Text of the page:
To Be Productive, Humans Need to Hibernate Too

Have you ever hibernated? Do you consider “hibernation” as an essential practice in your life?  While the concept may seem strange or odd since humans don’t hibernate like others in the animal kingdom, the purpose behind hibernation is well worth our reflection and consideration.  In his blog “Make Time for Personal Renewal — 4 Strategies for the New Year” John Hester makes the critical connection between rest and renewal and productivity: “When people don’t take time out, they stop being productive” (Carisa Bianchi). A few years ago after making a major life change, I found myself craving time out; it was during this several month period that I connected the practice of hibernation by some in the animal kingdom to our human need for rejuvenation and restoration. I have come to appreciate the cold, snowy, and sometimes brutal winter days here in the Upstate New York region precisely because it has helped me give myself permission to sit, reflect and regenerate. In fact, between December and the end of March, on weekends — when possible — I set as my intention to park my car inside the garage late Friday afternoon as I return from work and not move it again until Monday morning when I venture back out to start another work week. There’s something freeing, healing, and re-energizing about this practice! If you have a similar practice in your life or if you are interested in incorporating one, I encourage you to read John Hester’s brief blog highlighting four strategies for making time for personal renewal in this New Year.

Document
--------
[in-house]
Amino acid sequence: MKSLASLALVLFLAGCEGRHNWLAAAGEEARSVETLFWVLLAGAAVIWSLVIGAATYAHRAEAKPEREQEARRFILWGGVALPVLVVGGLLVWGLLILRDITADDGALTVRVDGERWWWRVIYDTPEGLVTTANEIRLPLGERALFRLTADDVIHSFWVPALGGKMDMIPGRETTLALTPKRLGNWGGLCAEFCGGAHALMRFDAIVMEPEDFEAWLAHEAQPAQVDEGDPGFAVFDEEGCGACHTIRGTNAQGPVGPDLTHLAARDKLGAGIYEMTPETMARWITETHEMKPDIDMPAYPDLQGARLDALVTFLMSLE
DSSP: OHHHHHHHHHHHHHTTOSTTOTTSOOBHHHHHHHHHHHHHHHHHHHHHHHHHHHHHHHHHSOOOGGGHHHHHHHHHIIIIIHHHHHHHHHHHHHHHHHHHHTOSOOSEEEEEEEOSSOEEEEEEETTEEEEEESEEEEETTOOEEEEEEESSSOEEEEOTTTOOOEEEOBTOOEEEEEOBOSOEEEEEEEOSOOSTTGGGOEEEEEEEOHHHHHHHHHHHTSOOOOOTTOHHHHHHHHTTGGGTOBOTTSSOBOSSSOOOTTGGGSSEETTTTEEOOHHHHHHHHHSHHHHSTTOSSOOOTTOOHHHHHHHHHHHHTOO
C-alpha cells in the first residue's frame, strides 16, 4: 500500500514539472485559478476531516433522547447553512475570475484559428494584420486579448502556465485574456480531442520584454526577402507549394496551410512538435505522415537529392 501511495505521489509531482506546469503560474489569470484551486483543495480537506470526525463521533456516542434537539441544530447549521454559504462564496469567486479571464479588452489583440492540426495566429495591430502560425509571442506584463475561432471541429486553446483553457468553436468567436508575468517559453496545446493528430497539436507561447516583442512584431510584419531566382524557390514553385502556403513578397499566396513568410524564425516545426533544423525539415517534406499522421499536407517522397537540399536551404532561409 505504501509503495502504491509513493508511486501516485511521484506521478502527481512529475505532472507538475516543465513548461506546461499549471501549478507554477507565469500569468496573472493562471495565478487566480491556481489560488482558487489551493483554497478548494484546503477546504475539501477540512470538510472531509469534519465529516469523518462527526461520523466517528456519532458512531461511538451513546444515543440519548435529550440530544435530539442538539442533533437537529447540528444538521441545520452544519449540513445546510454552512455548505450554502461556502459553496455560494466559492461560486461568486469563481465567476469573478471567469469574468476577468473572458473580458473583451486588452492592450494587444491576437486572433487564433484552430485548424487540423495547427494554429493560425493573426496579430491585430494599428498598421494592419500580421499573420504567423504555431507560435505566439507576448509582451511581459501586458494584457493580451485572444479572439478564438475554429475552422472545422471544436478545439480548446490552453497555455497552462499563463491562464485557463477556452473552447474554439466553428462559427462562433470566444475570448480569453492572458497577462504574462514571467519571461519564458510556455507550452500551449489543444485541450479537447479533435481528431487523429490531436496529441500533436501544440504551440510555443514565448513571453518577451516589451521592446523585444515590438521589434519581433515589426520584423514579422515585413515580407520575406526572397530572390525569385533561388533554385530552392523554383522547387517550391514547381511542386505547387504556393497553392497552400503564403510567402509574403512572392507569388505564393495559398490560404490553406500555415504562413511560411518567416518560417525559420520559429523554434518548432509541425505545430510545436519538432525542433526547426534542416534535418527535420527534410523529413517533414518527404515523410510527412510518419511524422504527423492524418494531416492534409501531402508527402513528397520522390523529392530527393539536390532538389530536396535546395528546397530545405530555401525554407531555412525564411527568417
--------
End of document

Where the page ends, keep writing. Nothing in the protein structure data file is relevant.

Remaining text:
Blanchard LeaderChat

you, body, mind, soul, and spiritWhen people don’t take time out, they stop being productive.” ~ Carisa Bianchi

I started experiencing back pain around the time I turned 50. When I went to the doctor she told me, “John, you are at that age where every morning you will wake up with pain somewhere.” Wow! Talk about a wake-up call. Luckily, she didn’t leave it at that. She also gave me some specific stretching and strengthening exercises to help with the pain—and when I take the time to do them, they do help.

The reality is that without care and attention, things break down – our bodies, our minds, and our relationships. As we start this new year, I suggest that we each increase our capacity by taking time to regularly renew ourselves in each of the four dimensions of life – physical, mental, emotional and spiritual.

  • Increasing or maintaining your physical capacity

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2 Comments on “To Be Productive, Humans Need to Hibernate Too”

  1. Doug,
    Glad to see this post. This message can’t be emphasized enough. The evidence from neuroscience (and other areas of science) is ABUNDANT. We do ourselves HARM when we do not rest the mind and the body.
    I was reading about noise “pollution” yesterday and its impact on our nervous system. Quiet is essential for us to rest and renew our bodies and brains. That is one reason I am an advocate for some form of mindfulness practice, even briefly every day.

    Thanks for posting this and enjoy the “hibernation.”

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